Further extension to ED Director Mishra illegal and must go, SC told

New Delhi: The Supreme court on Thursday was told that both, the 2012 amendment of the Central Vigilance Commission (Amendment) Act providing for five-year term for the Director Enforcement (initial term of two years and three extensions of one year each) and the further extension to incumbent Director Sanjay Kumar Mishra are illegal and needs to go sooner.

A bench comprising Justice B.R. Gavai, Justice Vikram Nath and Justice Sanjay Karol was told this in the course of the hearing of a batch of petitions challenging the November 17, 2021, Central government order giving yet another extension to the Director of Enforcement, Sanjay Kumar Mishra in the teeth of September 8, 2021 top court judgment directing that no further extension will be granted to Mishra.

The petitioners have also challenged the amendment to the CVC Act that paved the way for the grant of three-extensions of one year each to the Director upon completing the initial tenure of two years.

Senior advocate K.V. Viswanathan, who is assisting the court as amicus curiae (court's friend), told the court that the amendment under challenge should be struck down as it does not conform to the top court’s yardstick saying that the extension should be for a “short/reasonable” period that too in the “rare and exceptional” case.

Viswanathan told the court that the yardstick set by the top court has been substituted by a “vague concept” of “public interest”. This, he said, may lead to “stagnation and inefficiency of service/administration and cause frustration amongst other eligible officers in the cadre”.

Stating that further extension to Sanjay Mishra in the teeth of top court’s judgment falls foul of the law, Viswanathan said that the piecemeal extension of tenure of one year each subject to a maximum cumulative tenure of five years undermines the independence and integrity of the office.

In the arguments by different lawyers including senior advocate Prashant Bhush and Gopal Sankaranarayanan assailed both the extension given to Sanjay Mishra and the amendment that nullified the basis of 2021 judgment. They argued that it was impermissible for the legislature to nullify the mandamus of the court or the substance of its judgment.

Under the 2021 amendment of Section 25 of the CVC Act, the Director of Enforcement will be appointed for an initial period of two years. Thereafter Director of Enforcement can be given extension of tenure by one year at a time and the same can continue to be granted till the completion of five years as Director of Enforcement including initial two-year term.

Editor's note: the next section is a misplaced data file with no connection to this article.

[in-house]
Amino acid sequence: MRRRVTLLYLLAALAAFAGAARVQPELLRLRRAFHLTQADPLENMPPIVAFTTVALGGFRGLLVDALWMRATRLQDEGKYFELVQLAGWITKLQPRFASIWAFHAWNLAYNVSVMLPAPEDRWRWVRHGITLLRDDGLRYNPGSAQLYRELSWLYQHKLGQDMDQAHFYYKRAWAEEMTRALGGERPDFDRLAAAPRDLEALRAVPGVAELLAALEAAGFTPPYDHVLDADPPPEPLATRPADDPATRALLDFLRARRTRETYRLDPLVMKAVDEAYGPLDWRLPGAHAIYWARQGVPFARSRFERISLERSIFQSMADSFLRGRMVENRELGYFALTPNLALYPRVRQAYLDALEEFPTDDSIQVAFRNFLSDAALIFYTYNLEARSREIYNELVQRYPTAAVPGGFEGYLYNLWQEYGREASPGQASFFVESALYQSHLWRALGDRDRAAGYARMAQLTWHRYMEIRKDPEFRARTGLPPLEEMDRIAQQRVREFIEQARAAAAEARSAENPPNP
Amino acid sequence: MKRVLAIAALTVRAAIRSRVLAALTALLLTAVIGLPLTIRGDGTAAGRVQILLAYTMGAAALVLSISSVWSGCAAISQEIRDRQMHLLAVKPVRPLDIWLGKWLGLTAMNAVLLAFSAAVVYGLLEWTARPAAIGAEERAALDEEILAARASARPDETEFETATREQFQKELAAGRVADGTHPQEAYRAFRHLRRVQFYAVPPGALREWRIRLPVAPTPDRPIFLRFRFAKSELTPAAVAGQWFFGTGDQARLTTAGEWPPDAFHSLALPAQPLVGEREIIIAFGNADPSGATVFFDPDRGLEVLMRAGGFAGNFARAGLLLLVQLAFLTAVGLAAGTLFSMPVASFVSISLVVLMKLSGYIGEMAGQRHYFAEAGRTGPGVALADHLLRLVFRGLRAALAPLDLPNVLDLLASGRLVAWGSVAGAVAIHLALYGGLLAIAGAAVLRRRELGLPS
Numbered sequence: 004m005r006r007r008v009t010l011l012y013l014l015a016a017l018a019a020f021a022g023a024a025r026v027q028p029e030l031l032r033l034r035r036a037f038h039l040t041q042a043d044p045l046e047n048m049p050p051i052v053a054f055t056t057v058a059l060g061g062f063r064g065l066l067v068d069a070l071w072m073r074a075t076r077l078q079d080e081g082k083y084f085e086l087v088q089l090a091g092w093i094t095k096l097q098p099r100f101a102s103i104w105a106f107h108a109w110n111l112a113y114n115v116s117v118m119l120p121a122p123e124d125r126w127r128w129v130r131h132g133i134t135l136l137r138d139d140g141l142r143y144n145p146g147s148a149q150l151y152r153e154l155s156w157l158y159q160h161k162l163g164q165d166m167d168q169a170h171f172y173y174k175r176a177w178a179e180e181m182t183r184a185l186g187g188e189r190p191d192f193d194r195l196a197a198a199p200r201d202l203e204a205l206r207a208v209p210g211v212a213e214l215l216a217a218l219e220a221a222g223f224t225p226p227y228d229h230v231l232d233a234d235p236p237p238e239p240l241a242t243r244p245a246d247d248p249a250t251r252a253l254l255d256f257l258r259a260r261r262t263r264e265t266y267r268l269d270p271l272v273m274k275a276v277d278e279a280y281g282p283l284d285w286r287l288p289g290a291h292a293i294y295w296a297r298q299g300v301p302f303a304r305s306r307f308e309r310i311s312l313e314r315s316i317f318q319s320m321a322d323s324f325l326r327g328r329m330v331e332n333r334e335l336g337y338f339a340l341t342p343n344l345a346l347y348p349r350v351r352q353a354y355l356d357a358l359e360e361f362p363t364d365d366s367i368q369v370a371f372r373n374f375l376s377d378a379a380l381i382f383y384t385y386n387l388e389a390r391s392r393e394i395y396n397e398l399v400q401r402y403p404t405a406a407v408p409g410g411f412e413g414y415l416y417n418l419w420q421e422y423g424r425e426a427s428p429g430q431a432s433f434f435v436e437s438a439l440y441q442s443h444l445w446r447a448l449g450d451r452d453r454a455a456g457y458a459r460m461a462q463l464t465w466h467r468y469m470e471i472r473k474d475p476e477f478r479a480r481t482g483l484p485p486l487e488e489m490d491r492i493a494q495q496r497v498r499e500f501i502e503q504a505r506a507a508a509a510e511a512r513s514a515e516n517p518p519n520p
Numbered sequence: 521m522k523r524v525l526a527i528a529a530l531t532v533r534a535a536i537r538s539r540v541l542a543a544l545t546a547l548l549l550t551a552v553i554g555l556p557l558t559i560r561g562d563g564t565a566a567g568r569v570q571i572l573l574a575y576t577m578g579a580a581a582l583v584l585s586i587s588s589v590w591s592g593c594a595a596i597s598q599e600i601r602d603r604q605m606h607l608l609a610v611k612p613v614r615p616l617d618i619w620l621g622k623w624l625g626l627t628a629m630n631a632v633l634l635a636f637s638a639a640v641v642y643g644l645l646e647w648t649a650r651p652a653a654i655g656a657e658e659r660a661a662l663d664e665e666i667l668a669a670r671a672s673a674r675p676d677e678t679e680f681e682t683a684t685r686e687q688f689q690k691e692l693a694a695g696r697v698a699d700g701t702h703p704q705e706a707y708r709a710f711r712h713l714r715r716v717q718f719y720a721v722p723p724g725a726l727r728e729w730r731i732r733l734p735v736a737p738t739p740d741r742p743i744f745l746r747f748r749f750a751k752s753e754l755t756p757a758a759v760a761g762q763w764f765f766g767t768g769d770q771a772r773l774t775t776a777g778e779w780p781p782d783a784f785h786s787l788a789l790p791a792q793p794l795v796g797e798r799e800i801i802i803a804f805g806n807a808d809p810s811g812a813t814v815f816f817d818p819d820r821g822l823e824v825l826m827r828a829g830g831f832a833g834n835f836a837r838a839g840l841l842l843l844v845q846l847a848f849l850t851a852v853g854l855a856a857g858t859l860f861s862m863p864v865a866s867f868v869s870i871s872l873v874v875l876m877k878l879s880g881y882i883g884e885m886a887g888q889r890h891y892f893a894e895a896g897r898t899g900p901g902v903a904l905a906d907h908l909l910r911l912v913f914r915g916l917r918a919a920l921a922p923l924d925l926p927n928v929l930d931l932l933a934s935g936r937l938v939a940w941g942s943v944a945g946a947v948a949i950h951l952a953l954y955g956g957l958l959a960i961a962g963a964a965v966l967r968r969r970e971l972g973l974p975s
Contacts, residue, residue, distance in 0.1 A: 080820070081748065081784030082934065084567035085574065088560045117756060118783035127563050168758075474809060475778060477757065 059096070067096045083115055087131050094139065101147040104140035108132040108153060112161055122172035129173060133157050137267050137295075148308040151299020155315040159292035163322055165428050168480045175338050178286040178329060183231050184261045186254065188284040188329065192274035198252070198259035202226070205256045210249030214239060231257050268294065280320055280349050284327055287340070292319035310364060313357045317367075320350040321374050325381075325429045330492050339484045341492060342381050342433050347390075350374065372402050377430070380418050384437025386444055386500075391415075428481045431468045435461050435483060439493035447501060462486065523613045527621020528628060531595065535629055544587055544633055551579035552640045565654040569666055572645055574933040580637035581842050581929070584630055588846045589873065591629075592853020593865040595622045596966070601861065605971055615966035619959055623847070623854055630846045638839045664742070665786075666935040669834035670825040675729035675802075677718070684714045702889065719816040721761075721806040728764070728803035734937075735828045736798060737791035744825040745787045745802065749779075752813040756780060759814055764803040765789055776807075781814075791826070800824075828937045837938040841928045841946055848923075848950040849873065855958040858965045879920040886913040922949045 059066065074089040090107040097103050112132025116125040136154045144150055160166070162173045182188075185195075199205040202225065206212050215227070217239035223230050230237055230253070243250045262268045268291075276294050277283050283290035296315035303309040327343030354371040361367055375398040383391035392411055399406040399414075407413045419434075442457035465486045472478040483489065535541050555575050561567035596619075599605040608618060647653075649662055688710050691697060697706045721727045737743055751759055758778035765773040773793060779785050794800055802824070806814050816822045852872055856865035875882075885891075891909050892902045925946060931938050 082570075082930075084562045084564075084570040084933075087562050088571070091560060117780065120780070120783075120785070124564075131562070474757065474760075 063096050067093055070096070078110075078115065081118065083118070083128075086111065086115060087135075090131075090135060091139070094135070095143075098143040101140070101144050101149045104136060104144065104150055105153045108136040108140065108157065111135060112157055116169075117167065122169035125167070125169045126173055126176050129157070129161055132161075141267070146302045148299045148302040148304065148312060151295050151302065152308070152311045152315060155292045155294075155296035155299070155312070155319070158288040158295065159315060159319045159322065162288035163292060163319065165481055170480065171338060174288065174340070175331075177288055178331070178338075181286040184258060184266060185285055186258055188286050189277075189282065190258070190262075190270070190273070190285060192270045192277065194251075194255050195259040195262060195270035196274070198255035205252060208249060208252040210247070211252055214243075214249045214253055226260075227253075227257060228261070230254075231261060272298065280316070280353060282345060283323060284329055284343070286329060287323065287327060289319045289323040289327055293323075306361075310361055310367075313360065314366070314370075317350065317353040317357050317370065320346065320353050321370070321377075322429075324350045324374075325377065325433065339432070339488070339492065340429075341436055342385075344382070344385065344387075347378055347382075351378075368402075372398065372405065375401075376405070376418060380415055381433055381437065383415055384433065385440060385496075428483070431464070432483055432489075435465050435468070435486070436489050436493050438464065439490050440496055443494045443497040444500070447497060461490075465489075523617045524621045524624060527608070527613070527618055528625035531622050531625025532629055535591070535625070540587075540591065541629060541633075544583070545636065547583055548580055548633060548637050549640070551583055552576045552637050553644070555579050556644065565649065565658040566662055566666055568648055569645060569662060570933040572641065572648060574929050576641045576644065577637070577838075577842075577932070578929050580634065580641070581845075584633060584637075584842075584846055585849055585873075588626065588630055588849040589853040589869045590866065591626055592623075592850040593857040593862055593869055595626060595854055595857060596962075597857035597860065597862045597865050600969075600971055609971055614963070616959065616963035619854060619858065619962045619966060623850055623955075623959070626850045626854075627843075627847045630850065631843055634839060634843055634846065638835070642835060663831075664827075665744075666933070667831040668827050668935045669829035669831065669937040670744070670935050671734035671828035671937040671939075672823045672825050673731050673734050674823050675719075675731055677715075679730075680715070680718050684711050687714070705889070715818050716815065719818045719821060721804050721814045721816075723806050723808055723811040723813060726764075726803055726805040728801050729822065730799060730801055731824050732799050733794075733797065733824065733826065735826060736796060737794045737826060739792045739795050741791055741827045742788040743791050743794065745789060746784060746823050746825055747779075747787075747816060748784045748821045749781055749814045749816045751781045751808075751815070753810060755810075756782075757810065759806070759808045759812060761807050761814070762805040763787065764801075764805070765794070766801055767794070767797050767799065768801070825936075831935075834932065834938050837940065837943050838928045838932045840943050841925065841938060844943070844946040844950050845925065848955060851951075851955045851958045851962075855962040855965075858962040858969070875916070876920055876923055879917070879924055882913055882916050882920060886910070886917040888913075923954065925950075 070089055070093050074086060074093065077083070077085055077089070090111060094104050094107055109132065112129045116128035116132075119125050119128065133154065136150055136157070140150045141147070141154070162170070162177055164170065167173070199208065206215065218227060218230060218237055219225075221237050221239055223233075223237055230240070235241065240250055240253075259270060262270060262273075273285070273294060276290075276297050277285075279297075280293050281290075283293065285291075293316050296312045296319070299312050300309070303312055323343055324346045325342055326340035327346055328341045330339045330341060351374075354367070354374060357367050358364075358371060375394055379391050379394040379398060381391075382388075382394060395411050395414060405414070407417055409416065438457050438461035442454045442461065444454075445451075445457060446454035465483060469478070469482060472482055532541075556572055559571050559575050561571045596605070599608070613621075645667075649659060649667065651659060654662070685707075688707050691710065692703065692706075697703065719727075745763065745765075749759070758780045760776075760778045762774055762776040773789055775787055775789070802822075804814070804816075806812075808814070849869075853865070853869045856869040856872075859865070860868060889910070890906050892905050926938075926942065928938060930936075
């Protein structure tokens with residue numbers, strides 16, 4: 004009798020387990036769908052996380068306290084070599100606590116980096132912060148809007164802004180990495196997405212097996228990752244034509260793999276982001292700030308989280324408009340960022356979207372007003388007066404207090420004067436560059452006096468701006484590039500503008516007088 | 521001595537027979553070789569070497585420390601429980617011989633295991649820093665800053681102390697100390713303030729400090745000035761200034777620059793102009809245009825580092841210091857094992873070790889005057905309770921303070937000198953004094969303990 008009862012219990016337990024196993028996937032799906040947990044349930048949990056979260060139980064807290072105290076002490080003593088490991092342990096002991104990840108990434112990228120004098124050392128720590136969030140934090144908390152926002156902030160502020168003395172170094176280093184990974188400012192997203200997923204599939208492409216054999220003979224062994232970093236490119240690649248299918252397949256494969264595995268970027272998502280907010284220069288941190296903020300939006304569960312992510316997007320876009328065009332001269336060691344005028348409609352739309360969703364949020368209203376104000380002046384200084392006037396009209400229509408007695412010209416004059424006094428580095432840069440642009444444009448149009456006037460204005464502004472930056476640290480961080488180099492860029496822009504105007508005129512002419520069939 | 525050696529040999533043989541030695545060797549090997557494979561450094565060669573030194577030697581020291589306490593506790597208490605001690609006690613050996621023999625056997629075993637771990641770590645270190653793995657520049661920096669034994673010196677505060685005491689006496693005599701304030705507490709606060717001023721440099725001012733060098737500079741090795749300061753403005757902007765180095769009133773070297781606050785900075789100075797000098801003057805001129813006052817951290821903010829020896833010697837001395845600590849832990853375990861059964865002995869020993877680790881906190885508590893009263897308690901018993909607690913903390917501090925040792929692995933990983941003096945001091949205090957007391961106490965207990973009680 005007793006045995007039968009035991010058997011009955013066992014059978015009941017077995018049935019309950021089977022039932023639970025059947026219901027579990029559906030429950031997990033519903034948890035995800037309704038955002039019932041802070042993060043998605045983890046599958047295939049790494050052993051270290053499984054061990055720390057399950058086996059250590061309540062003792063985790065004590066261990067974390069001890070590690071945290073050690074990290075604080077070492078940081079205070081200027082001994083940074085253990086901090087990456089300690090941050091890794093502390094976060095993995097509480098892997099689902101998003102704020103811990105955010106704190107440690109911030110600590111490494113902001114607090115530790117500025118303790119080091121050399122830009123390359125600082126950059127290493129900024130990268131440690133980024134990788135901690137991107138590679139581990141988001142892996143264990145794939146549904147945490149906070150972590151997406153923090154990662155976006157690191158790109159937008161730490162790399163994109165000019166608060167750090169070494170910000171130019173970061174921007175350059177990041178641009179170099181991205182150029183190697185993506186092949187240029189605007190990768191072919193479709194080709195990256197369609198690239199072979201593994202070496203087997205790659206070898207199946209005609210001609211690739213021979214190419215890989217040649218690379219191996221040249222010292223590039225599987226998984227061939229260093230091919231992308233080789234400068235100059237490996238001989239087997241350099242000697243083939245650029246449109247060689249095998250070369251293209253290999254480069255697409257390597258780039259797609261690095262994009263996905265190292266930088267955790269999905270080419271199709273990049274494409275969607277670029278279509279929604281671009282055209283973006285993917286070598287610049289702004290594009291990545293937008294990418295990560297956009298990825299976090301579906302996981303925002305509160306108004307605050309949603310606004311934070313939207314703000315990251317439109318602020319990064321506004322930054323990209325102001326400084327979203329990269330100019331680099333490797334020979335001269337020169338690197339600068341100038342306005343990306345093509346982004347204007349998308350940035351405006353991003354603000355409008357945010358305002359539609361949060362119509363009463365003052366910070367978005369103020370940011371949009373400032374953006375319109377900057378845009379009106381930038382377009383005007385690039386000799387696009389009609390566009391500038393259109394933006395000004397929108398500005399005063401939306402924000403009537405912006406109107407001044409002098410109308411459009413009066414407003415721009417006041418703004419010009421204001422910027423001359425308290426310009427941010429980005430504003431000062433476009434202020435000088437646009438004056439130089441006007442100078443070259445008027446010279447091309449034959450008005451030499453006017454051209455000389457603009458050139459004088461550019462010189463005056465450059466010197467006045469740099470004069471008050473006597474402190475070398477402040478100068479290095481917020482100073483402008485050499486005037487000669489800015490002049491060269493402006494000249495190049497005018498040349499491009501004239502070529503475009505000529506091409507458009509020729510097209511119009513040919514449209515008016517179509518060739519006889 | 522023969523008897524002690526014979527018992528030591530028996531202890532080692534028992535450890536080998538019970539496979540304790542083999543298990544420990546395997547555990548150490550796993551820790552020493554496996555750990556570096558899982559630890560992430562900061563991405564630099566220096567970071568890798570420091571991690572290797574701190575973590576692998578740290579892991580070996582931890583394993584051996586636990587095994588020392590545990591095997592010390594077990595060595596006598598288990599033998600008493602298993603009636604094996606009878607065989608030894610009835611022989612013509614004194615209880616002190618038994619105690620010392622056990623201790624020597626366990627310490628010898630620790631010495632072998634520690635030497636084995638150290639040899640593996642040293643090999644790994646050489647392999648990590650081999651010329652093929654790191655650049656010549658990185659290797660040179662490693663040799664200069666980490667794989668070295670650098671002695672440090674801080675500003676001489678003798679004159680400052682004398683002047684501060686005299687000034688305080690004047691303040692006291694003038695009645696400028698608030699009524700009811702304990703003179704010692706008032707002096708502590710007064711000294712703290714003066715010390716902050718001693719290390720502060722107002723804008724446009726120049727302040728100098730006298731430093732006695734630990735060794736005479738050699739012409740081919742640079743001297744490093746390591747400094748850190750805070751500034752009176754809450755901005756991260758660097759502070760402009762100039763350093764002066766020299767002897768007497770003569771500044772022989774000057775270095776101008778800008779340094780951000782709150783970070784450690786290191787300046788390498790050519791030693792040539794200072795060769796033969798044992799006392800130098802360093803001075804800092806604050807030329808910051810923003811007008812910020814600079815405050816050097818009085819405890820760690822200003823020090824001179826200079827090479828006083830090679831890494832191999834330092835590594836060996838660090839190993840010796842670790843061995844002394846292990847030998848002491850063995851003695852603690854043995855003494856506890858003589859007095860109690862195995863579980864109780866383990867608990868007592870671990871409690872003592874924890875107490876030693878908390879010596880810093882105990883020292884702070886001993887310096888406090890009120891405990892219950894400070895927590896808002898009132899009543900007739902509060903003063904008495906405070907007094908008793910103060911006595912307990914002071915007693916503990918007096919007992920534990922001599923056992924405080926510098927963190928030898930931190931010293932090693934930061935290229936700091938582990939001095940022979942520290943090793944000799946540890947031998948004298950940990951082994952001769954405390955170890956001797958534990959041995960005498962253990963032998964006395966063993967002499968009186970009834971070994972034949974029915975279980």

This, the amended provision says, will be done in public interest, on the recommendation of the committee of senior secretary level officers and the reasons for the same will be recorded in writing.

The committee for the selection of Director of Enforcement including for giving extension includes Central Vigilance Commissioner as Chairperson with Vigilance Commissioners, Union Home Secretary, Secretary, Ministry of Personnel, and Secretary, Department of Revenue as members.

Mishra was appointed as Director of Enforcement in the Directorate of Enforcement (ED) on November 19, 2018 for a term of two years. Prior to his appointment as Director of Enforcement, Mishra was Principal Special Director in the ED. On November 13, 2020, President of India approved the modification of the November 19, 2018 order extending the period of appointment of Mishra from two years to three years.

The central government had justified the extension of tenure, telling the top court that important investigations relating to trans-border crimes were at a crucial stage. The extension of tenure to Mishra, the top court was told, was in pursuant to the recommendation made of the high-powered committee.

Besides Jaya Thakur, other petitioners are Congress leader Randeep Singh Surjewala, Trinamul Congress leader Mahua Moitra and Saket Gokhale.

( Source : Deccan Chronicle. )
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